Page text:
Beginner with a lot of questions

I’ve just joined a small Printmakers Co-Op that has a Vandercook press. It’s rarely used and I received a quick lesson on it yesterday from one of the two older members who know how to operate it. It is in good working condition and I plan to try it out on some relief blocks this week. I have a lot of questions about it… I was told to just use cardboard to build up the lino block until it is type high. This site seems to have a wealth of information and I don’t even know where to start looking! Is there some info here about how many pieces of standard matboard it would take to build up an unmounted lino block to the correct height? I meant to bring a piece of type home to use as a guide but left without it.

Now… onto the type. There are cabinets(? I am vague about the terminology) of type staked up everywhere that apparently were donated to the Co-Op and/or came with the press. It’s everywhere! It has all been sitting around gathering dust for years. It is a thing of beauty. I originally joined to do intaglio, but once I saw all the type it’s all I can think about. I plan to start putting it to use, but know nothing about letterpress. Anyone have recommendations on tutorials on the web? The guy who showed me the press, who was actually me printmaking professor 23 years ago, gave me a little bit of information on setting the type, but he doesn’t know it that well. All of the pieces and parts you need are there, just disorganized in a couple of drawers. I’m anxious to get into it, so any information about where to start would be appreciated.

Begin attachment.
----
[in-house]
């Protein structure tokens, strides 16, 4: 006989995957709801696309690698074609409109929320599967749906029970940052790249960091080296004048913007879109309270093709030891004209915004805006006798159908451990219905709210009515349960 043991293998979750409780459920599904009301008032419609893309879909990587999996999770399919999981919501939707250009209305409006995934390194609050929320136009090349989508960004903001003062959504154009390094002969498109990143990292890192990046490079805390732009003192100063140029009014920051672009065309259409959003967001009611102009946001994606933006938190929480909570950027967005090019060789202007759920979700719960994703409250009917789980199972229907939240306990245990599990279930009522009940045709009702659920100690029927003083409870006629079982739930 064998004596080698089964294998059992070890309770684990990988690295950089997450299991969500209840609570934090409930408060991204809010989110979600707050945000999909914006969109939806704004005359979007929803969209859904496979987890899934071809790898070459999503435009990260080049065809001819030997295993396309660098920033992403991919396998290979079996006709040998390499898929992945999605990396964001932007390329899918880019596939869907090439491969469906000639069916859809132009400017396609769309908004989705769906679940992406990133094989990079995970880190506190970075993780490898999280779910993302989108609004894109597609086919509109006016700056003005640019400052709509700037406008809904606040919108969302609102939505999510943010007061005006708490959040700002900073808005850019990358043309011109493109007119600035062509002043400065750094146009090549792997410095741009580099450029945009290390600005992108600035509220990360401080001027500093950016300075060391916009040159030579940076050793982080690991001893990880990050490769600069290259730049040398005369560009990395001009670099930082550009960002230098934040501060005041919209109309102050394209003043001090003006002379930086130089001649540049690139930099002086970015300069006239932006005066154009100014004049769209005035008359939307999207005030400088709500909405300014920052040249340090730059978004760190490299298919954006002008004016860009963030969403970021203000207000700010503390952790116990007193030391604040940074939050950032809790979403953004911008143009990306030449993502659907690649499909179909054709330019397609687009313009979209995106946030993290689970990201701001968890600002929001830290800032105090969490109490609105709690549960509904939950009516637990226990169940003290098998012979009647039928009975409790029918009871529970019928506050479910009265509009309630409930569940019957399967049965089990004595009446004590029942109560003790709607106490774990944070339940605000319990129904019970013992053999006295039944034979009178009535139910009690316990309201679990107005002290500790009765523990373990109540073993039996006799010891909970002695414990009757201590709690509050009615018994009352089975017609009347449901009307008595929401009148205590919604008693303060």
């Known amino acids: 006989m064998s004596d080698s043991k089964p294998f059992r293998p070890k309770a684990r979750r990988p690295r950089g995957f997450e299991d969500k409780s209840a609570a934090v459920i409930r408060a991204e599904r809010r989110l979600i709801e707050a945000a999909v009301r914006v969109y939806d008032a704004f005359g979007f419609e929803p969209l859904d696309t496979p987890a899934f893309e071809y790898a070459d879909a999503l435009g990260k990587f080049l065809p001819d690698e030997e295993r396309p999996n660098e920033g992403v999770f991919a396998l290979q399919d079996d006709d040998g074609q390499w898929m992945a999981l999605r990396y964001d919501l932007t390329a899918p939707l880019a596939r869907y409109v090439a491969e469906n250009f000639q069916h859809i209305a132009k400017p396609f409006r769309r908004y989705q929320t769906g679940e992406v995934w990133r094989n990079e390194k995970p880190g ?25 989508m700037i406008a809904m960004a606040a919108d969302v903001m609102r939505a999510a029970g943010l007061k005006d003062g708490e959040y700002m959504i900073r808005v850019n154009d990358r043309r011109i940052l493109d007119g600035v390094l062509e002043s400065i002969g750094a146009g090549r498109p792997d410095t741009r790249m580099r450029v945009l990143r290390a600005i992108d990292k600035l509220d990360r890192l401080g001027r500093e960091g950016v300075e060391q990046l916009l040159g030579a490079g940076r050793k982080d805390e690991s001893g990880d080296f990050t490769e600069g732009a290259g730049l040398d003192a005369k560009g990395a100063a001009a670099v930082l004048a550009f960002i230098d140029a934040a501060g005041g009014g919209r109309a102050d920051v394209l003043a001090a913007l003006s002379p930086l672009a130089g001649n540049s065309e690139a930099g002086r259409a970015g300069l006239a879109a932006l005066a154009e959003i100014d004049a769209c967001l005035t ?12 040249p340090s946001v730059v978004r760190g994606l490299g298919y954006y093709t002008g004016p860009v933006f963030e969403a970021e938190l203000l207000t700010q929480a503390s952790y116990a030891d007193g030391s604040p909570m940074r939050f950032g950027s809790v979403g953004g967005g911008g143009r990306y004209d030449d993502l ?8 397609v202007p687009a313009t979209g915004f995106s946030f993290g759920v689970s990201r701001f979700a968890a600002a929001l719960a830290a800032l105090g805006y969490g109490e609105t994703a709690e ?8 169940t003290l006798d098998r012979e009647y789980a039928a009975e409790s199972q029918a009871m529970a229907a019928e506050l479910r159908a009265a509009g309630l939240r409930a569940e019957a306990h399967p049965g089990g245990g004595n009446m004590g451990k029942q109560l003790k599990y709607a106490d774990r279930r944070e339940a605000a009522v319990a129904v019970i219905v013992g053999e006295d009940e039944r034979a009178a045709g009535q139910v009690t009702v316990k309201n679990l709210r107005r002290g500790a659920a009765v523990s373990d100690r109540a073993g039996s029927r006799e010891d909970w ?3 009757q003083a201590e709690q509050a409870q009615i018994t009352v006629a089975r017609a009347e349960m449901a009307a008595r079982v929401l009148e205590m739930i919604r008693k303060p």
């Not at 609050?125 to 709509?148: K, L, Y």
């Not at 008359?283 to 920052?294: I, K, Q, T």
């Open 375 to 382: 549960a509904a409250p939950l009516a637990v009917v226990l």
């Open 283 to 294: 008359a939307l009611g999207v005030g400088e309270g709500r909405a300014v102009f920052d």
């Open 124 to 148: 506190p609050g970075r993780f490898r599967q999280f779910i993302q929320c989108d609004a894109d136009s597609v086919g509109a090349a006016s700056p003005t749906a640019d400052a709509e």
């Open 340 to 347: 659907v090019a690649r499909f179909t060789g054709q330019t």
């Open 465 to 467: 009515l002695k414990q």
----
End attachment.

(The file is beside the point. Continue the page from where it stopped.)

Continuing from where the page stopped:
Andrea Starkey

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Hello Andrea,

I see from your website and blog that you’re in Dayton. Maybe someone here can refer you to an experienced printer in your area. In the meantime you can start by going to Tons of information about the Vandercook in particular can be found at An excellent book for handsetting type is General Printing: An Illustrated Guide to Letterpress Printing by Glen U. Cleeton, Charles W. Pitkin, and Raymond L. Cornwell, available on Amazon.

But first and foremost you should know that “type high” is 0.918 inches. To put anything higher than that on the press bed risks damaging the press. Also, there’s a chance that the type at the co-op is old and rare, in which case it shouldn’t be used for “deep impression” work. The Vandercook wasn’t designed to make deep impressions anyway. But if you work with soft cotton paper, preferably dampened, and keep the total of your press packing plus stock no more than a few thousandths over the undercut of your impression cylinder, you should be okay. If you don’t know what I’m talking about, you’re not quite ready to start using the press.

The prints on your website are lovely. They almost beg to be paired with letterpress printing. I wish you every success with this new phase of your work. I’m sure you get lots more advice here — keep asking questions!